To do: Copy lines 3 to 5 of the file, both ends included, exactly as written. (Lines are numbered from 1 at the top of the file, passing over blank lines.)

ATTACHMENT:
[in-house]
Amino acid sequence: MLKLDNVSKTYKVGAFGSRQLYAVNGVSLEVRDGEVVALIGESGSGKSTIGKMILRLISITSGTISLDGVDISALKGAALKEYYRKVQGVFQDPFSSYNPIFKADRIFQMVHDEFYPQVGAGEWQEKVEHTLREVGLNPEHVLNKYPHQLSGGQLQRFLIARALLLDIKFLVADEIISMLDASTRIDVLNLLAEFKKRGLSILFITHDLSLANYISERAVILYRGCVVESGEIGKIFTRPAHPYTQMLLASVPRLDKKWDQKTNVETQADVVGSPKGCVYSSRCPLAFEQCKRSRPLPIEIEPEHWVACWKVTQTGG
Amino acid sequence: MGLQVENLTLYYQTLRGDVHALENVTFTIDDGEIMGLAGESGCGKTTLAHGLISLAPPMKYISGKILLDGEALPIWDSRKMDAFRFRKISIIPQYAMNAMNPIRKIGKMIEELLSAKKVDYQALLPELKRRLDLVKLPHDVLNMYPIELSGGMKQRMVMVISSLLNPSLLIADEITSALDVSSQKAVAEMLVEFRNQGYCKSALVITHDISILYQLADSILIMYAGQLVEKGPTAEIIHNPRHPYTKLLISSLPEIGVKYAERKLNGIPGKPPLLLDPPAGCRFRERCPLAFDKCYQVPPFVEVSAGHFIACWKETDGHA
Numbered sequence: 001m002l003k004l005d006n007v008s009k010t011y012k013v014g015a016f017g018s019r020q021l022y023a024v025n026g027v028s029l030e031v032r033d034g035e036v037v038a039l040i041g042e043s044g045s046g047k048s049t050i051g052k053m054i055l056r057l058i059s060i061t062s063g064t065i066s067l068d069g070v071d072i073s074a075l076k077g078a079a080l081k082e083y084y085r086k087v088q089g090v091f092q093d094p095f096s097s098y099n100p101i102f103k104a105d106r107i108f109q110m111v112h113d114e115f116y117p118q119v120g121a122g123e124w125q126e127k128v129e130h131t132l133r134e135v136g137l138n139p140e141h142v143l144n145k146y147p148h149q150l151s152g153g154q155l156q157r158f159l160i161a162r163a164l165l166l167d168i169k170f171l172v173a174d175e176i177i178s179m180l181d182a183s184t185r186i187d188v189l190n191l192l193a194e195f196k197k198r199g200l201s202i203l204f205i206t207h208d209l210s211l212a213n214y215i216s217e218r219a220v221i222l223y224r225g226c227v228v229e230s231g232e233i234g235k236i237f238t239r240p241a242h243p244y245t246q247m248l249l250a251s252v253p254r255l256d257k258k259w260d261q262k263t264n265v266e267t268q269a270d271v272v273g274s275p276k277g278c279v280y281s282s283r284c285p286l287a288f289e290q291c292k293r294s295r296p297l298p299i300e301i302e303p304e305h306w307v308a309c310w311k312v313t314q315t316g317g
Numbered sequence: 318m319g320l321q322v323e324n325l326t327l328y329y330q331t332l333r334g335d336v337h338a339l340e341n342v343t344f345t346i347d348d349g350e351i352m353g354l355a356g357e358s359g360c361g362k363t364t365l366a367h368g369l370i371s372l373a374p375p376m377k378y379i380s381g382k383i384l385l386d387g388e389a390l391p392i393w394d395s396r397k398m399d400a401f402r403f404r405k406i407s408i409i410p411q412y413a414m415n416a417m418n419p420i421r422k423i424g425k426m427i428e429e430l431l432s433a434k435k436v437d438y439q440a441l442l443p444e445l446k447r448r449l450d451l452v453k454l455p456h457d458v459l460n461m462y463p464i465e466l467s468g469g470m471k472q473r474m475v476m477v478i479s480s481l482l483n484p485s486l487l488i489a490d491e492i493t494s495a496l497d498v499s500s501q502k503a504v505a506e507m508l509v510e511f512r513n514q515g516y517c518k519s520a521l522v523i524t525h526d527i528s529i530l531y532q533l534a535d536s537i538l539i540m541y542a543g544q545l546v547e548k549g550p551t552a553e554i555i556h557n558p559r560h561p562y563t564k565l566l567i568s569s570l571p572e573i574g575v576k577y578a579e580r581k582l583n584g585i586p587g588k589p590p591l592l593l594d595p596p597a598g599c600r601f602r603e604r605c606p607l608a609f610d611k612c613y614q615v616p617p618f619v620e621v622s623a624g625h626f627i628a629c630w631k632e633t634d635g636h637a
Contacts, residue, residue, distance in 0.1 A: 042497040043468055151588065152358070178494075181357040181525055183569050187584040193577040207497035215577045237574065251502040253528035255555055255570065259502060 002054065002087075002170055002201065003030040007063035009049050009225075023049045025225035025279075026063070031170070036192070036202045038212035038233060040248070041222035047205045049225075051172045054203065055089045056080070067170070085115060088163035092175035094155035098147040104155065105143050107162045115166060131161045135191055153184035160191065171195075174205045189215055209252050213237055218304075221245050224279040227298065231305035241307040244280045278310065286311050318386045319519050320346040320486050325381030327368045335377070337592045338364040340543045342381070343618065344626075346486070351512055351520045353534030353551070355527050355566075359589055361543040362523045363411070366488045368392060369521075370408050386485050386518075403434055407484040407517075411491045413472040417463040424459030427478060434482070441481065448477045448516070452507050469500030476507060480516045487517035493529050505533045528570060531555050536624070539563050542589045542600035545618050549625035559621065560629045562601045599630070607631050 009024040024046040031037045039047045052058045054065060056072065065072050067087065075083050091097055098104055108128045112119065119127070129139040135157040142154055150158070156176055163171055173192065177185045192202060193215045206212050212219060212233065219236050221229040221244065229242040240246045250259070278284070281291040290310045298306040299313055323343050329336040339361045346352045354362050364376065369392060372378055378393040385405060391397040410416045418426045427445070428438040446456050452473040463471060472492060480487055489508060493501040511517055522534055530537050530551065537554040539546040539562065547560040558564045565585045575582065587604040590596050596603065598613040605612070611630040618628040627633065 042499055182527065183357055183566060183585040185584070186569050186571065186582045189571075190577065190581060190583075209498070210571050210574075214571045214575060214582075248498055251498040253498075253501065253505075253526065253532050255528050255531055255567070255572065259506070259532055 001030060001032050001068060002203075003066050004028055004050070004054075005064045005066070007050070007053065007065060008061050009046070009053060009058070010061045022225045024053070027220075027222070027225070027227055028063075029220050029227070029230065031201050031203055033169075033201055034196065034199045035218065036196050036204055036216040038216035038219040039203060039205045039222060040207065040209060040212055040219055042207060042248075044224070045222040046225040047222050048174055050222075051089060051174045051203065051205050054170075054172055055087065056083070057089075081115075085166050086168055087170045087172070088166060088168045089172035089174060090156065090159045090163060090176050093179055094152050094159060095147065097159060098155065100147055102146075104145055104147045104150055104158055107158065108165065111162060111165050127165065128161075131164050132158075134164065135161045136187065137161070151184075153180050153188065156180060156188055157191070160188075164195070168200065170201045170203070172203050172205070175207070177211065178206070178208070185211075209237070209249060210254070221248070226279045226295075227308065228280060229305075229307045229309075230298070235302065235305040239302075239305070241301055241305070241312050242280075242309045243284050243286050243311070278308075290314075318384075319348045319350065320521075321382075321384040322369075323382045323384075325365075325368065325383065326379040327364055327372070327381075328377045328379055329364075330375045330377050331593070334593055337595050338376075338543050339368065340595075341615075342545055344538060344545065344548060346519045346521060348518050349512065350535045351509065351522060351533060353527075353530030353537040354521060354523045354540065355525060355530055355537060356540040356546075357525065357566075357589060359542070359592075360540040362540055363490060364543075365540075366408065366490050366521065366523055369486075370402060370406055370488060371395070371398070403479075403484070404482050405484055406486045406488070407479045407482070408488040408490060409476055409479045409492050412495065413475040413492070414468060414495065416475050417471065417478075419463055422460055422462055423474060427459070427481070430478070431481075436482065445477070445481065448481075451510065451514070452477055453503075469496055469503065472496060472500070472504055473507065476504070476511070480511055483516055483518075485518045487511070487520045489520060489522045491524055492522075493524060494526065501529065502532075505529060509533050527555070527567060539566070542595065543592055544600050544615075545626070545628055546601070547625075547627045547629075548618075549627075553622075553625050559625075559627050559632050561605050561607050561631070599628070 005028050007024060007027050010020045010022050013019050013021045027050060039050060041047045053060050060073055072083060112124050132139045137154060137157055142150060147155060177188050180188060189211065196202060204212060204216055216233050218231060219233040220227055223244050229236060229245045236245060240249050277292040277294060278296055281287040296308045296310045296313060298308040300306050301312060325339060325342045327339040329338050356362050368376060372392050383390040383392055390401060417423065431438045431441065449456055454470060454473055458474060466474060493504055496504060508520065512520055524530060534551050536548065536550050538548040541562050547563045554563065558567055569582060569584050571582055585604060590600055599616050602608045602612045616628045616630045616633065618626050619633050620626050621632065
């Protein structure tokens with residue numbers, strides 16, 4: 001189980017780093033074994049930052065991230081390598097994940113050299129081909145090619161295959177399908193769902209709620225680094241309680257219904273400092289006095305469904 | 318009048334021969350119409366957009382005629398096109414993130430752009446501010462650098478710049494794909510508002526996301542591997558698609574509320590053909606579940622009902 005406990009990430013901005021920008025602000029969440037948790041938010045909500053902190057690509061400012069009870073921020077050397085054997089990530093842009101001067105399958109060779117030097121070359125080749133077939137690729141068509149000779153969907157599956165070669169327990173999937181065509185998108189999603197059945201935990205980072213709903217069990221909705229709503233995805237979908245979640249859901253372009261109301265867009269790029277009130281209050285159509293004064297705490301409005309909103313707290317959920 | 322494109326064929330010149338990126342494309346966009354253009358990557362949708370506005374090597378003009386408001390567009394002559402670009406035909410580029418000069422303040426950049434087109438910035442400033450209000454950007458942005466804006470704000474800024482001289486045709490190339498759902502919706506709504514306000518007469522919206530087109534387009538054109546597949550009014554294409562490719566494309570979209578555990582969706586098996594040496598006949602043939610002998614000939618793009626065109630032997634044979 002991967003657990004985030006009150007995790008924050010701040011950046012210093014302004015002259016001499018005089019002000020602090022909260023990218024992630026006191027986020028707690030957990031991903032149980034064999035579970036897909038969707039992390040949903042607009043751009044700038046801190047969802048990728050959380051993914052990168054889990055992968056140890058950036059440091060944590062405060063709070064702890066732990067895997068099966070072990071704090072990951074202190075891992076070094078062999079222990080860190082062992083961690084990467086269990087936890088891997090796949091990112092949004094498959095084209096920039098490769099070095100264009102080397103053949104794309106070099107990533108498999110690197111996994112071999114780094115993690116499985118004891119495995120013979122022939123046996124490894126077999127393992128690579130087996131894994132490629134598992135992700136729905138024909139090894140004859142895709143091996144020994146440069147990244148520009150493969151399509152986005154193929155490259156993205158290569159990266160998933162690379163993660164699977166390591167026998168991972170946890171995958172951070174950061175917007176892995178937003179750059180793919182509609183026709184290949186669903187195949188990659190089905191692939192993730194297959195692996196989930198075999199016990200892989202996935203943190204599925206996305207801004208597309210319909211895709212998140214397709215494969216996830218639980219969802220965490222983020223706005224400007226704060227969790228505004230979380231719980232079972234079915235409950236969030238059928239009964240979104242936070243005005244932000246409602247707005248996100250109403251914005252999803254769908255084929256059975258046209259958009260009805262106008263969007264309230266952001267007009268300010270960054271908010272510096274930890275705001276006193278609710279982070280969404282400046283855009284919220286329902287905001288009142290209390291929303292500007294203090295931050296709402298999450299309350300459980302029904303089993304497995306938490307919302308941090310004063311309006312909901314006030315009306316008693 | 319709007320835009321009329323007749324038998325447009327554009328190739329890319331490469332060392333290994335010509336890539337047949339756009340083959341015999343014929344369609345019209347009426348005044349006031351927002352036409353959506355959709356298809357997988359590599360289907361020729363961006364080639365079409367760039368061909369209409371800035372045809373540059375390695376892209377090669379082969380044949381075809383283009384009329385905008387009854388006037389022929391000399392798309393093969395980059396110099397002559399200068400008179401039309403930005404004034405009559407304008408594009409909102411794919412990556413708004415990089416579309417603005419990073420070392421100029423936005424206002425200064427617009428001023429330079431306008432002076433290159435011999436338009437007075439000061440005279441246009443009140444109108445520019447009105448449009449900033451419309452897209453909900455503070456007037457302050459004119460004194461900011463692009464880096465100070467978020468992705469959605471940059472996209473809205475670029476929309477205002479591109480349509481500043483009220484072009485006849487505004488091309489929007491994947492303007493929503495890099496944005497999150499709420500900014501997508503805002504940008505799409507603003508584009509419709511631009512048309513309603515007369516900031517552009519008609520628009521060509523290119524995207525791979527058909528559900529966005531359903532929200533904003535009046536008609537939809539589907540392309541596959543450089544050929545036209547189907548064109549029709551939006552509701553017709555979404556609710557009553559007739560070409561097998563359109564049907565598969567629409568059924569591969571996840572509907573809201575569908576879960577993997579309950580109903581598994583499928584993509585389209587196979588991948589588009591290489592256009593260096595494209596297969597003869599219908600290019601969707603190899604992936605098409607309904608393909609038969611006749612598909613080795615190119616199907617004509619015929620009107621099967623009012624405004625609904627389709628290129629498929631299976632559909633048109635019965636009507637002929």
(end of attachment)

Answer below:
Amino acid sequence: MGLQVENLTLYYQTLRGDVHALENVTFTIDDGEIMGLAGESGCGKTTLAHGLISLAPPMKYISGKILLDGEALPIWDSRKMDAFRFRKISIIPQYAMNAMNPIRKIGKMIEELLSAKKVDYQALLPELKRRLDLVKLPHDVLNMYPIELSGGMKQRMVMVISSLLNPSLLIADEITSALDVSSQKAVAEMLVEFRNQGYCKSALVITHDISILYQLADSILIMYAGQLVEKGPTAEIIHNPRHPYTKLLISSLPEIGVKYAERKLNGIPGKPPLLLDPPAGCRFRERCPLAFDKCYQVPPFVEVSAGHFIACWKETDGHA
Numbered sequence: 001m002l003k004l005d006n007v008s009k010t011y012k013v014g015a016f017g018s019r020q021l022y023a024v025n026g027v028s029l030e031v032r033d034g035e036v037v038a039l040i041g042e043s044g045s046g047k048s049t050i051g052k053m054i055l056r057l058i059s060i061t062s063g064t065i066s067l068d069g070v071d072i073s074a075l076k077g078a079a080l081k082e083y084y085r086k087v088q089g090v091f092q093d094p095f096s097s098y099n100p101i102f103k104a105d106r107i108f109q110m111v112h113d114e115f116y117p118q119v120g121a122g123e124w125q126e127k128v129e130h131t132l133r134e135v136g137l138n139p140e141h142v143l144n145k146y147p148h149q150l151s152g153g154q155l156q157r158f159l160i161a162r163a164l165l166l167d168i169k170f171l172v173a174d175e176i177i178s179m180l181d182a183s184t185r186i187d188v189l190n191l192l193a194e195f196k197k198r199g200l201s202i203l204f205i206t207h208d209l210s211l212a213n214y215i216s217e218r219a220v221i222l223y224r225g226c227v228v229e230s231g232e233i234g235k236i237f238t239r240p241a242h243p244y245t246q247m248l249l250a251s252v253p254r255l256d257k258k259w260d261q262k263t264n265v266e267t268q269a270d271v272v273g274s275p276k277g278c279v280y281s282s283r284c285p286l287a288f289e290q291c292k293r294s295r296p297l298p299i300e301i302e303p304e305h306w307v308a309c310w311k312v313t314q315t316g317g
Numbered sequence: 318m319g320l321q322v323e324n325l326t327l328y329y330q331t332l333r334g335d336v337h338a339l340e341n342v343t344f345t346i347d348d349g350e351i352m353g354l355a356g357e358s359g360c361g362k363t364t365l366a367h368g369l370i371s372l373a374p375p376m377k378y379i380s381g382k383i384l385l386d387g388e389a390l391p392i393w394d395s396r397k398m399d400a401f402r403f404r405k406i407s408i409i410p411q412y413a414m415n416a417m418n419p420i421r422k423i424g425k426m427i428e429e430l431l432s433a434k435k436v437d438y439q440a441l442l443p444e445l446k447r448r449l450d451l452v453k454l455p456h457d458v459l460n461m462y463p464i465e466l467s468g469g470m471k472q473r474m475v476m477v478i479s480s481l482l483n484p485s486l487l488i489a490d491e492i493t494s495a496l497d498v499s500s501q502k503a504v505a506e507m508l509v510e511f512r513n514q515g516y517c518k519s520a521l522v523i524t525h526d527i528s529i530l531y532q533l534a535d536s537i538l539i540m541y542a543g544q545l546v547e548k549g550p551t552a553e554i555i556h557n558p559r560h561p562y563t564k565l566l567i568s569s570l571p572e573i574g575v576k577y578a579e580r581k582l583n584g585i586p587g588k589p590p591l592l593l594d595p596p597a598g599c600r601f602r603e604r605c606p607l608a609f610d611k612c613y614q615v616p617p618f619v620e621v622s623a624g625h626f627i628a629c630w631k632e633t634d635g636h637a